September 2017 - Cram Osteopaths - Osteopaths in Glasgow, Ayr and Muirhead

Archive for September 2017

neck pain

Proof That Walnuts Are Beneficial for Appetite Control.

A brain imaging study has found that consuming walnuts activates an area of the brain associated with regulating hunger and cravings. Using fMRI imaging, researchers showed participants images of desirable foods, neutral objects, and less desirable foods. When participants consumed a five-day walnut-rich diet, the scans showed increased activity in the right insula, a part of the brain that helps regulate hunger and cravings. First author Dr. Olivia M. Farr explains, “We know people report feeling fuller after eating walnuts, but it was pretty surprising to see evidence of activity changing in the brain related to food cues, and by extension what people were eating and how hungry they feel.”
Diabetes, Obesity and Metabolism, August 2017

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Cervical Manipulation Improves More Than Just Neck Pain.

High-velocity, low-amplitude (HVLA) manipulation is widely used by Osteopaths in the treatment of musculoskeletal problems. A recent research review found that cervical HVLA manipulation treatment improves both cervical range of motion and mouth opening. Among patients with lateral epicondylalgia (tennis elbow), cervical HVLA manipulation can result in increased pain-free handgrip strength. Lastly, in patients with hypertension, blood pressure appears to decrease following cervical HVLA manipulation.
Journal of Alternative and Complementary Medicine, July 2017

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Just 10 Minutes…

Using data collected during the 2008 Health Survey for England, researchers report that substituting just ten minutes of sedentary time for ten minutes of moderate-to-vigorous physical activity per day can reduce one’s risk for chronic musculoskeletal pain by more than 10%.
Physiotherapy, August 2017

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Bio-Psychosocial Factors for Back Pain.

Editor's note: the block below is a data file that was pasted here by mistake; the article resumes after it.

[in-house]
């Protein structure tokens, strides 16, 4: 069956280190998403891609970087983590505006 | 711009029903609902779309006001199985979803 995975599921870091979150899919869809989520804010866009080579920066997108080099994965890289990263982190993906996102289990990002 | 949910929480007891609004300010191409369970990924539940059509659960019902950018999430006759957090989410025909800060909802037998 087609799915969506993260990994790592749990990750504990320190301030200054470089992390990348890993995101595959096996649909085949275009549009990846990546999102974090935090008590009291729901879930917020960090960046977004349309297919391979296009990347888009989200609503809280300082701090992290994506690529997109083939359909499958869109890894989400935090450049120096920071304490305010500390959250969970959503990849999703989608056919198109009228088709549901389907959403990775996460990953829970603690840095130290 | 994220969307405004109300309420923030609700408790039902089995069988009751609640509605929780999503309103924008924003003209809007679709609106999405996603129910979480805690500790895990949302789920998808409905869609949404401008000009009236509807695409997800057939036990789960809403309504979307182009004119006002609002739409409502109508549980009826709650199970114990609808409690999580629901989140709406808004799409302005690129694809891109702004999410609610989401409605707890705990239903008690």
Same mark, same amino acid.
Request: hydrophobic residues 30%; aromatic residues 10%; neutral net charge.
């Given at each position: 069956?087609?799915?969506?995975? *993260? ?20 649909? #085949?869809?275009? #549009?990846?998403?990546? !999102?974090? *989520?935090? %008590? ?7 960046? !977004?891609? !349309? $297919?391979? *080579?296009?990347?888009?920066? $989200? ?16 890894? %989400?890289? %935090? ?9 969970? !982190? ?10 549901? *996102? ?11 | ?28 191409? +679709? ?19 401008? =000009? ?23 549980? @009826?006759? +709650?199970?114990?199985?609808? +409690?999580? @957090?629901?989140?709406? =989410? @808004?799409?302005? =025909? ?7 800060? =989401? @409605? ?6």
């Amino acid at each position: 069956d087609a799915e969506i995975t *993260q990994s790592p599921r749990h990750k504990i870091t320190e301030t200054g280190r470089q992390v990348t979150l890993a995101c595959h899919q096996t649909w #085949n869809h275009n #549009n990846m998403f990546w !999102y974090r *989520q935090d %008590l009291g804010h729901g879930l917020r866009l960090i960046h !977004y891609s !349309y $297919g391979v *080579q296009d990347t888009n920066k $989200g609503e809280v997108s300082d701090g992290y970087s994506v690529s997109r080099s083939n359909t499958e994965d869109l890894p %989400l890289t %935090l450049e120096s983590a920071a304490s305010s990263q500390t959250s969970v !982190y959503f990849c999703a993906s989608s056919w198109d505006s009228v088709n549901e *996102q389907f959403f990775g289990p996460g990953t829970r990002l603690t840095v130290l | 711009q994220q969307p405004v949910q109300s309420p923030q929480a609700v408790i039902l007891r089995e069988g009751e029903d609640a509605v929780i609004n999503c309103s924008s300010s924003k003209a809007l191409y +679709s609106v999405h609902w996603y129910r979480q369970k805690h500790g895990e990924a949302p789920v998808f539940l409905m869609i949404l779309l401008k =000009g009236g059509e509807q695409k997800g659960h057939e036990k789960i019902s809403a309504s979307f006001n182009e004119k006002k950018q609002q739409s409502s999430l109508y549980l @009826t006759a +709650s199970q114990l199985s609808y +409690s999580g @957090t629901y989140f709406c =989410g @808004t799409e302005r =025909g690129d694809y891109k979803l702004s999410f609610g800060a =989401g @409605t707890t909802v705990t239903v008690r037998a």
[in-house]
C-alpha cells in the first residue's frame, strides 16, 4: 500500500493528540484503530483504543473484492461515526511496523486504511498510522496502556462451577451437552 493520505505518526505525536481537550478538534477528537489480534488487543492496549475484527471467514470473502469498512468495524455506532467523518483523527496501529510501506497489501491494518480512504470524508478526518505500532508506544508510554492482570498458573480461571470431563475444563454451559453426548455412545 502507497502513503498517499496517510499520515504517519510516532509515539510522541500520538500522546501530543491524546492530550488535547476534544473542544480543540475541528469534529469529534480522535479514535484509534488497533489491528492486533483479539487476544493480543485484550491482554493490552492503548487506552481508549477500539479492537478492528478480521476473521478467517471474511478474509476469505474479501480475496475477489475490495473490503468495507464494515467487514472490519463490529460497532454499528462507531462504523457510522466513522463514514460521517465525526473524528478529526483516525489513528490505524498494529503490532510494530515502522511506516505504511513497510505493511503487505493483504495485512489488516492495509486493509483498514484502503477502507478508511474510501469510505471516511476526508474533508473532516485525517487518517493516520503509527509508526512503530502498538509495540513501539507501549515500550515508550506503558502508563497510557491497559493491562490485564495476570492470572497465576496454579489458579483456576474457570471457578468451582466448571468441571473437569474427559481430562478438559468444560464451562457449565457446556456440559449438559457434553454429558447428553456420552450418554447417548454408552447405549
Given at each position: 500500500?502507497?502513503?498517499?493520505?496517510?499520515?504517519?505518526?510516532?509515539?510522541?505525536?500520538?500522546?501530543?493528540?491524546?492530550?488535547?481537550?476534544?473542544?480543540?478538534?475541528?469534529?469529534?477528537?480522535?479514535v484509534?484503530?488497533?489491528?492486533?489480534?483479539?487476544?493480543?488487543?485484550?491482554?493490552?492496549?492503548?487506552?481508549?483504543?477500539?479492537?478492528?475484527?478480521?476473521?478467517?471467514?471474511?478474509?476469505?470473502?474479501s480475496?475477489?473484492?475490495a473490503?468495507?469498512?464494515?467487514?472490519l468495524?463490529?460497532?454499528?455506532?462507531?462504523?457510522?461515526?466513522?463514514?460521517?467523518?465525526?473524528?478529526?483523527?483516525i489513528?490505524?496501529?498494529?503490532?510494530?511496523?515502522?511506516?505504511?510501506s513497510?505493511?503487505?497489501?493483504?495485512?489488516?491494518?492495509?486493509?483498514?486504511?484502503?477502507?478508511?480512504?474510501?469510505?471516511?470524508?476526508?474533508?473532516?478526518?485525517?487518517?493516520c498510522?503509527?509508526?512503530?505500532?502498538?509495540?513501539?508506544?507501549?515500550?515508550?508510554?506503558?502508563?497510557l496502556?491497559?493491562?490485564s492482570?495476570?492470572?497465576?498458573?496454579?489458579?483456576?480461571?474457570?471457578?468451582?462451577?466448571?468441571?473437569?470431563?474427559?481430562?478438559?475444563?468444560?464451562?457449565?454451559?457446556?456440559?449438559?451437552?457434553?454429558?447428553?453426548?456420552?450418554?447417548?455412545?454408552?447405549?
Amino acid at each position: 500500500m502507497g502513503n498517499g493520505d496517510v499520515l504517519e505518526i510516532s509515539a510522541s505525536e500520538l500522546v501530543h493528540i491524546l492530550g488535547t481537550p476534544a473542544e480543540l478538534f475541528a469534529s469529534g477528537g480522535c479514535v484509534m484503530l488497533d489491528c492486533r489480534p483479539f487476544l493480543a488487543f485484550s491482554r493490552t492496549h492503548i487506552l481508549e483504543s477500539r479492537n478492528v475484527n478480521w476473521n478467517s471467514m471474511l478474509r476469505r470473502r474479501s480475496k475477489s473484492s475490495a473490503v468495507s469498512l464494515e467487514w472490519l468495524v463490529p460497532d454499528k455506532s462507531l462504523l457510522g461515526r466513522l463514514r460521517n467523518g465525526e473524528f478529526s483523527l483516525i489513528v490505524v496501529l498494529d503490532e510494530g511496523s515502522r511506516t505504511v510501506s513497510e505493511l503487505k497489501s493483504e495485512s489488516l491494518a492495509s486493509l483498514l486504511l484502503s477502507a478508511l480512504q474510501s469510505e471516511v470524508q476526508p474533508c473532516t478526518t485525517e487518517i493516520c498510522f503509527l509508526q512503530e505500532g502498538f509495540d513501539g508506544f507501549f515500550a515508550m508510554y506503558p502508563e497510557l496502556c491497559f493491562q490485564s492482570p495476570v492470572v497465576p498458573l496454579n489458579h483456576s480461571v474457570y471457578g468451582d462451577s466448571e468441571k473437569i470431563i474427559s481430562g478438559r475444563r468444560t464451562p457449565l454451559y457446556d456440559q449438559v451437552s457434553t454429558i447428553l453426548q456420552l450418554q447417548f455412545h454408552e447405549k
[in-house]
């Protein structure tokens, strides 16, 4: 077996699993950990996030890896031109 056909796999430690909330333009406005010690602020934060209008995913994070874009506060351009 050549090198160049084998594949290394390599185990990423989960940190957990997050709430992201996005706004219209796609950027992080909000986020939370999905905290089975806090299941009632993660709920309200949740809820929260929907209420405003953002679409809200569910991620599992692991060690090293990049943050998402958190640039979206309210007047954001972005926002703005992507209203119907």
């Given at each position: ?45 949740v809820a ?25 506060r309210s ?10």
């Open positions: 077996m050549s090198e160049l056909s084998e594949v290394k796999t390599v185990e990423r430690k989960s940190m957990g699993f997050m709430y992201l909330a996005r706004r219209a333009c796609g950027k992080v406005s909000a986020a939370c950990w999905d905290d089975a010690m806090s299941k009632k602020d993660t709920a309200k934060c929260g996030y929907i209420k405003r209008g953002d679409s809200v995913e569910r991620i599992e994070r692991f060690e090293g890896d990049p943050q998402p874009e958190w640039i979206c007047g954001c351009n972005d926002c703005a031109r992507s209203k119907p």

In this study, researchers followed 219 female workers who suffered from recurrent non-specific low back pain and found those with increased work-induced lumbar exertion and work-related fear-avoidance beliefs were more likely to report higher levels of pain, impaired physical function, and a reduced ability to work. The findings suggest that interventions aimed at reducing fear-avoidance and increasing fitness capacity may be beneficial for back pain reduction and work performance.
Journal of Rehabilitation Medicine, August 2017

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Balance Training Helps You Feel Younger.

As people age, they tend to experience impairments in their sensory and motor skills, which can affect their balance. In this study, researchers found that older adults who participated in a ten-week balance training program improved their postural control to the level of people ten years their junior. Frontiers in Aging Neuroscience, August 2017

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neck pain

Exercise: Standing Exercises May Be Key to Staying Mobile After 80.

In a new study involving nearly 300 octogenarians, researchers found that those who took part in a six-week standing-exercise program were able to walk faster and farther than those who participated in a seated-exercise program during the same time frame. The standing program was designed to improve motor skills and muscle control needed for walking by making participants perform stepping patterns, walking patterns, and strengthening exercises. Based on the findings, lead researcher Dr. Jennifer Brach concludes, “Older adults who are interested in improving their mobility should consider participating in a group-based exercise program like ‘On the Move.’”
JAMA Internal Medicine, August 2017

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Weather Conditions Increase Internet Searches on Pain.

Past studies have yielded mixed results in regards to the effect of weather changes on musculoskeletal pain. A recent study set out to examine the relationship between local meteorological conditions and online searches for terms related to knee pain, hip pain, and arthritis. The investigators found that online searches for knee pain and hip pain increased when the temperature was between 23? and 86? Fahrenheit (-5? to 30? Celsius). Additionally, searches for arthritis decreased when temperatures rose above 86? (30? Celsius). The findings reveal that local weather conditions are significantly associated with online searches for specific musculoskeletal pain symptoms.
PLOS One, August 2017

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